• Closure and Bandaging: Once the procedure is complete, the incisions are closed with stitches or small bandages. In some cases, a temporary drainage tube may be inserted to prevent fluid accumulation.

Postoperative Care and Recovery

The recovery period following shoulder arthroscopy can vary depending on the specific procedures performed and the individual’s overall health. Key aspects of postoperative care and recovery include:

Pain Management

Patients typically experience some pain and discomfort after the procedure. Pain management may include prescribed medications or over-the-counter pain relievers. Ice packs can also help reduce swelling and pain.


The shoulder may need to be immobilised with a sling for a period of time post-surgery. The duration of immobilisation depends on the type of surgery performed.

Physical Therapy

Rehabilitation plays a critical role in recovery. A physical therapist will typically guide the patient through exercises to improve shoulder strength and flexibility. The rehabilitation program is tailored to the patient’s specific surgical procedure and overall goals.

Wound Care

Keeping the surgical area clean and dry is important. Patients will receive instructions on how to care for their surgical wounds, which may include changing dressings and identifying signs of infection.

Follow-Up Appointments

Regular follow-up appointments with the orthopaedic surgeon are necessary to monitor the progress of recovery. These appointments are also opportunities to adjust pain management and rehabilitation plans as needed.

Activity Modification

Gradual resumption of daily activities is recommended. Patients are usually advised to avoid strenuous activities or heavy lifting for a period of time.

Monitoring for Complications

While complications are rare, it is important to be vigilant for signs such as excessive pain, redness, swelling, or fever, which could indicate infection or other issues.

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Patient Feedback

Ethan Chan
Dr. Kau is an exemplary doctor who is experienced in his field and is very patient with his patients. He walked me through the details of my knee condition and addressed all my concerns. Thanks to Dr. Kau, I had a better understanding of my ACL and MCL injury and the various treatment options available. His advice and treatment have been very valuable to me.
Ming Lee Chua
Dr Kau was very careful and explained clearly the surgery procedures. After surgery, the care while I was in hospital was closely monitored and he even came during weekends! The hip so far has recovered and healed. His ‘predictions’ of when what can happen are so accurate. Trust him.
Teo Pek Suan Diana
I had a very successful total hip replacement done by Dr Kau 4 years ago. 4 months after the operation I was back walking, cycling and swimming. The beautiful job gave me much confidence Dr Kau is most professional and has such great doctor patient communication.

Dr. Kau Chung Yuan

MBBS (S’pore)

MRCS (Ireland)

MMed (Ortho)

FRCSEd (Ortho)

Dr Kau (许医生) is a Fellowship trained Orthopaedic Surgeon with a subspecialty interest in Hip and Knee surgery and has been in practice for more than 15 years.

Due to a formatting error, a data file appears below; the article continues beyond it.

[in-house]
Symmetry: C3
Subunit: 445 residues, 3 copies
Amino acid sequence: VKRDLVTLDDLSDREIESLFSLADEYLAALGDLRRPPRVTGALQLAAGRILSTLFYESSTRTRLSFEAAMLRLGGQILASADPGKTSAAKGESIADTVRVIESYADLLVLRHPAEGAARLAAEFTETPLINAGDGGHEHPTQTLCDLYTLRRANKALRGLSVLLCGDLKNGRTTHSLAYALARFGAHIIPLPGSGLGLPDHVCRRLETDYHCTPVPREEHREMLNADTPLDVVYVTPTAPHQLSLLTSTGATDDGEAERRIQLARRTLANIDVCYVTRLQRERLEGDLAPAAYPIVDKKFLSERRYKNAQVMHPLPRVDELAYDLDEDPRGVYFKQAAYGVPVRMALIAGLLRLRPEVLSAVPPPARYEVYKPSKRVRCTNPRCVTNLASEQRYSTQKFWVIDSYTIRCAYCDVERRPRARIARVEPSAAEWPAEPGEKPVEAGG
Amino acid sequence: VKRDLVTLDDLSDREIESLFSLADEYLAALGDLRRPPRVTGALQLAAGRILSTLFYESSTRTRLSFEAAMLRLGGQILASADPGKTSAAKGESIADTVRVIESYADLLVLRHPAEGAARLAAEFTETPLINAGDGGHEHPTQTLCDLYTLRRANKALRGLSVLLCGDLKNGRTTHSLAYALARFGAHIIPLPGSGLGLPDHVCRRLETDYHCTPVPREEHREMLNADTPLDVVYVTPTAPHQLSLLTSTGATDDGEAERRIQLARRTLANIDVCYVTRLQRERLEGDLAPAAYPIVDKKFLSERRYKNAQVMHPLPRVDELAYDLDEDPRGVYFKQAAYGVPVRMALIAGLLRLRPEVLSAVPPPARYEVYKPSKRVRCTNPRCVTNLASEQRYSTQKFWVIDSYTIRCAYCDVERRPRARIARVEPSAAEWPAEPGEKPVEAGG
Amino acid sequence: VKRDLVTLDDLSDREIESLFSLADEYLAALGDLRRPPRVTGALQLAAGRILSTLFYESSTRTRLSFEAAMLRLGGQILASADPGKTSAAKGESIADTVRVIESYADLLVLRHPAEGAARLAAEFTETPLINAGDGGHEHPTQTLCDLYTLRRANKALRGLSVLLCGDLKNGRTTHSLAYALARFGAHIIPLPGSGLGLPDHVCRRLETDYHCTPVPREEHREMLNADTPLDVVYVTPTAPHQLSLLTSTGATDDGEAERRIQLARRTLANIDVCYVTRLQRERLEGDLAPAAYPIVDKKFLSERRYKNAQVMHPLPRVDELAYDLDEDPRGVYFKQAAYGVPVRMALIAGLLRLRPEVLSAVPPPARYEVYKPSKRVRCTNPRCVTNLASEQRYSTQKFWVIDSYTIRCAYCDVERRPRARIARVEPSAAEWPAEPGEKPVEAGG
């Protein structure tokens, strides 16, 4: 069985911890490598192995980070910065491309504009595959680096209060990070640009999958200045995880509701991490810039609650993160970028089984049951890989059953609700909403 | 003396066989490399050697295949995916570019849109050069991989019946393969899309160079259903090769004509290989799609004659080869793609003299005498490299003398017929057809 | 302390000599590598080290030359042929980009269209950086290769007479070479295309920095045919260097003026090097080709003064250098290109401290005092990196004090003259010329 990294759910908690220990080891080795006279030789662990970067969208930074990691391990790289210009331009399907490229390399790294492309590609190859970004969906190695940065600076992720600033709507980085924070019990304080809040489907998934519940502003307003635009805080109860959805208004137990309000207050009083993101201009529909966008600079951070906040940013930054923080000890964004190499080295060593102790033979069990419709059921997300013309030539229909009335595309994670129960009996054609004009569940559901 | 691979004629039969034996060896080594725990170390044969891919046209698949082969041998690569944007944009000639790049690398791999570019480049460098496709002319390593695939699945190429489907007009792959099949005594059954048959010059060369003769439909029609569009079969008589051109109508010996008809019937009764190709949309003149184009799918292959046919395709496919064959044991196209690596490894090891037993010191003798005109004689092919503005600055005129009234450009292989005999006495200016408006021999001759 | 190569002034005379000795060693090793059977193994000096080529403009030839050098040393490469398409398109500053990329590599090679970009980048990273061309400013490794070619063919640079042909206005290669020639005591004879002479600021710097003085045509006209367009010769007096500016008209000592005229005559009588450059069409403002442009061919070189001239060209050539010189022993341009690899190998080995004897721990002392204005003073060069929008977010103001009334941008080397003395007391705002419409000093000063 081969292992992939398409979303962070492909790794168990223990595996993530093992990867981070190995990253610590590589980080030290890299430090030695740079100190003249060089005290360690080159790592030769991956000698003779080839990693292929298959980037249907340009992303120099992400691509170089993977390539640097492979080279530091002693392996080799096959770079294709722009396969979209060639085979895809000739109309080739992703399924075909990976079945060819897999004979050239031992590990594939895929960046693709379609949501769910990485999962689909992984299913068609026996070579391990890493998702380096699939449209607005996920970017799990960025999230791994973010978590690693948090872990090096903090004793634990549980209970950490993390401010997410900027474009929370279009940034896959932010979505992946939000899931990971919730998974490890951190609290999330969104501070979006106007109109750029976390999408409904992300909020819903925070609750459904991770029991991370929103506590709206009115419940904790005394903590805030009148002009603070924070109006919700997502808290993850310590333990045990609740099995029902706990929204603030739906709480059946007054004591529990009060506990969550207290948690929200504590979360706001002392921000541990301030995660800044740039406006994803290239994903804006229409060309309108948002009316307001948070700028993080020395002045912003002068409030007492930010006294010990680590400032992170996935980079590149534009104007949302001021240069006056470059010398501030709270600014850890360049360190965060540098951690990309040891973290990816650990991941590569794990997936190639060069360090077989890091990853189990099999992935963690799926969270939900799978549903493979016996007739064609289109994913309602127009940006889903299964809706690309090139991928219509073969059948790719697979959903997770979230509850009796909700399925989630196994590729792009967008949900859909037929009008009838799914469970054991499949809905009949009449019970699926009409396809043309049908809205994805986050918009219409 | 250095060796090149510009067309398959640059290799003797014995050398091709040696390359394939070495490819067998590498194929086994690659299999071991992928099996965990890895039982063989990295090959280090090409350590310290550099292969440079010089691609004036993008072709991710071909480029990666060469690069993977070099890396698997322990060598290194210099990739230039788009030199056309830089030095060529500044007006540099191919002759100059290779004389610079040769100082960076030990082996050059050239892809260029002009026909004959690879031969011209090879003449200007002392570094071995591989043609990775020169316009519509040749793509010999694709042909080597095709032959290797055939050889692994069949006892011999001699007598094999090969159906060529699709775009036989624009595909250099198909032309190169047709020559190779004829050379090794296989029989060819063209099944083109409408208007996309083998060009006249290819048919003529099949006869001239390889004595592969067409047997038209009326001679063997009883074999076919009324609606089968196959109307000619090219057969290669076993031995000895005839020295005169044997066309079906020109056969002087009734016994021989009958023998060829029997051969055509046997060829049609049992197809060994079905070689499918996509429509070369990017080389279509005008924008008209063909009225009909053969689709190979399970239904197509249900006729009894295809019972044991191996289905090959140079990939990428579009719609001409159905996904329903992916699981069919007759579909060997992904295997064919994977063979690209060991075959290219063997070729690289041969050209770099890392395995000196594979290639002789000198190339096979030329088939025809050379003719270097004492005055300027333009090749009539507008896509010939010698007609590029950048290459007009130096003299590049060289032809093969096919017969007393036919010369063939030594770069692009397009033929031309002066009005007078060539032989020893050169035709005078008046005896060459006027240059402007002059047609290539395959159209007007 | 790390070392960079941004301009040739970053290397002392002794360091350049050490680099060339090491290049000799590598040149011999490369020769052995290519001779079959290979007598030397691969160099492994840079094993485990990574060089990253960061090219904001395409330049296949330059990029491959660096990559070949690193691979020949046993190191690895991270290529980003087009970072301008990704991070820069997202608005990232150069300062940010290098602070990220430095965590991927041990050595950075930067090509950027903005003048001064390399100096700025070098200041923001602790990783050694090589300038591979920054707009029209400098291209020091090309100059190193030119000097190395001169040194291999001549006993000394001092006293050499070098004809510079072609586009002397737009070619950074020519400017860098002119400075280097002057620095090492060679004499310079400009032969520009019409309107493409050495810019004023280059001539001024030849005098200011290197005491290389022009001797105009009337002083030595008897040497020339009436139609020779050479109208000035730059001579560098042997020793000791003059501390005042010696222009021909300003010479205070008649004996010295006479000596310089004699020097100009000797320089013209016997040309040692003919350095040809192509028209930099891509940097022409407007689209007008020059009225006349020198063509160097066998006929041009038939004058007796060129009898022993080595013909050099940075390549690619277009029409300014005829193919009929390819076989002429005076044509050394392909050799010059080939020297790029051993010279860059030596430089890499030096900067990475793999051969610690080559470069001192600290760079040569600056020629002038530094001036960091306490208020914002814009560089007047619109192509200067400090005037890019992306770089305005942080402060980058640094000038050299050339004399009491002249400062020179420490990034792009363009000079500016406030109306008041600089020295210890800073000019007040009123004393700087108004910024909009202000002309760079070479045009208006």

He is experienced in trauma and fracture management, sports injuries, and joint replacement surgery.

  • Fellow of the Royal College of Surgeons Edinburgh, Orthopaedics (FRCS, Edin) 2014
  • Master of Medicine (Orthopaedics), Singapore (MMed) 2013
  • Member of the Royal College of Surgeons Ireland (MRCS, Ire) 2009
  • Bachelor of Medicine and Surgery (MBBS, Singapore) 2004

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    Frequently Asked Questions (FAQs)

    How Long Does It Take to Recover from Shoulder Arthroscopy?

    Recovery times can vary depending on the specific procedures performed and individual factors. Typically, patients may start to resume light activities within 2 to 4 weeks post-surgery.

    However, full recovery, especially for more extensive procedures, can take anywhere from 4 to 6 months. Adherence to the orthopaedic surgeon’s postoperative instructions and active participation in physical therapy are crucial for a successful recovery.

    Is Shoulder Arthroscopy Painful?

    Some pain and discomfort are expected after the surgery, but it is typically less severe than with open shoulder surgery. Pain management strategies, including medications and ice, are used to control discomfort during the recovery period.

    When Can I Return to Work After Shoulder Arthroscopy?

    The timeline for returning to work depends on the nature of the job and the extent of the surgery. For sedentary jobs, some people may return within a few days to a week, while physically demanding jobs may require a longer recovery period.

    How Successful Is Shoulder Arthroscopy?

    The success of shoulder arthroscopy depends on the specific condition being treated, the skill of the orthopaedic surgeon, and the patient’s adherence to postoperative care and physical therapy. In general, it has a high success rate, particularly for conditions such as rotator cuff repairs and removal of loose bodies.

    How Long Does The Actual Shoulder Arthroscopy Procedure Take?

    The duration of the shoulder arthroscopy procedure typically depends on the complexity of the specific condition being treated. For simpler procedures, such as a diagnostic arthroscopy or minor repairs, the surgery may last approximately 30 to 45 minutes.

    More complex procedures, like extensive rotator cuff repairs, can take up to 2 to 3 hours. The exact time also varies based on individual patient factors and the orthopaedic surgeon’s technique.